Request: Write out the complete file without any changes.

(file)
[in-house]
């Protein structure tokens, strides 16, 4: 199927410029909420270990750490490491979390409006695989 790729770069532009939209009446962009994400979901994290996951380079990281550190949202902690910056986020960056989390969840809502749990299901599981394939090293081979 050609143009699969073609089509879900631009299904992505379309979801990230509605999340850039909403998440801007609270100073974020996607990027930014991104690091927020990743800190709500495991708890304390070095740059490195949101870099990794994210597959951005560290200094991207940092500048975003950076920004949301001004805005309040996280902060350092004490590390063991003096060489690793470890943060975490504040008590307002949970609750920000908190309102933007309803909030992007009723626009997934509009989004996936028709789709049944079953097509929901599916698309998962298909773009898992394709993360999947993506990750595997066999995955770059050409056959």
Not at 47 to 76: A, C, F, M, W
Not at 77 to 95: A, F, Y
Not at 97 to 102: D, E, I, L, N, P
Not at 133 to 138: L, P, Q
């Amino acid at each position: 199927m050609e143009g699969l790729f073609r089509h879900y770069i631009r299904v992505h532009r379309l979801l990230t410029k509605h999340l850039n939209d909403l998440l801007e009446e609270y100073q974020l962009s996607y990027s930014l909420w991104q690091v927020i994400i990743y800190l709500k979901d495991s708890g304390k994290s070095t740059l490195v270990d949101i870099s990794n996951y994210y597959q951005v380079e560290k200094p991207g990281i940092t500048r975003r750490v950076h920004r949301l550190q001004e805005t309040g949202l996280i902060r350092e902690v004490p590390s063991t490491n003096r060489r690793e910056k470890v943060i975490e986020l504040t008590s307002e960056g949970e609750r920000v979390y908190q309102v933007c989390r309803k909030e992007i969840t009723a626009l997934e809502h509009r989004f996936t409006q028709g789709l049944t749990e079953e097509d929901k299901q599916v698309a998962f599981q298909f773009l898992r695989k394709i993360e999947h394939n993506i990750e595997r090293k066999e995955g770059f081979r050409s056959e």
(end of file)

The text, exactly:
[in-house]
């Protein structure tokens, strides 16, 4: 199927410029909420270990750490490491979390409006695989 790729770069532009939209009446962009994400979901994290996951380079990281550190949202902690910056986020960056989390969840809502749990299901599981394939090293081979 050609143009699969073609089509879900631009299904992505379309979801990230509605999340850039909403998440801007609270100073974020996607990027930014991104690091927020990743800190709500495991708890304390070095740059490195949101870099990794994210597959951005560290200094991207940092500048975003950076920004949301001004805005309040996280902060350092004490590390063991003096060489690793470890943060975490504040008590307002949970609750920000908190309102933007309803909030992007009723626009997934509009989004996936028709789709049944079953097509929901599916698309998962298909773009898992394709993360999947993506990750595997066999995955770059050409056959």
Not at 47 to 76: A, C, F, M, W
Not at 77 to 95: A, F, Y
Not at 97 to 102: D, E, I, L, N, P
Not at 133 to 138: L, P, Q
């Amino acid at each position: 199927m050609e143009g699969l790729f073609r089509h879900y770069i631009r299904v992505h532009r379309l979801l990230t410029k509605h999340l850039n939209d909403l998440l801007e009446e609270y100073q974020l962009s996607y990027s930014l909420w991104q690091v927020i994400i990743y800190l709500k979901d495991s708890g304390k994290s070095t740059l490195v270990d949101i870099s990794n996951y994210y597959q951005v380079e560290k200094p991207g990281i940092t500048r975003r750490v950076h920004r949301l550190q001004e805005t309040g949202l996280i902060r350092e902690v004490p590390s063991t490491n003096r060489r690793e910056k470890v943060i975490e986020l504040t008590s307002e960056g949970e609750r920000v979390y908190q309102v933007c989390r309803k909030e992007i969840t009723a626009l997934e809502h509009r989004f996936t409006q028709g789709l049944t749990e079953e097509d929901k299901q599916v698309a998962f599981q298909f773009l898992r695989k394709i993360e999947h394939n993506i990750e595997r090293k066999e995955g770059f081979r050409s056959e």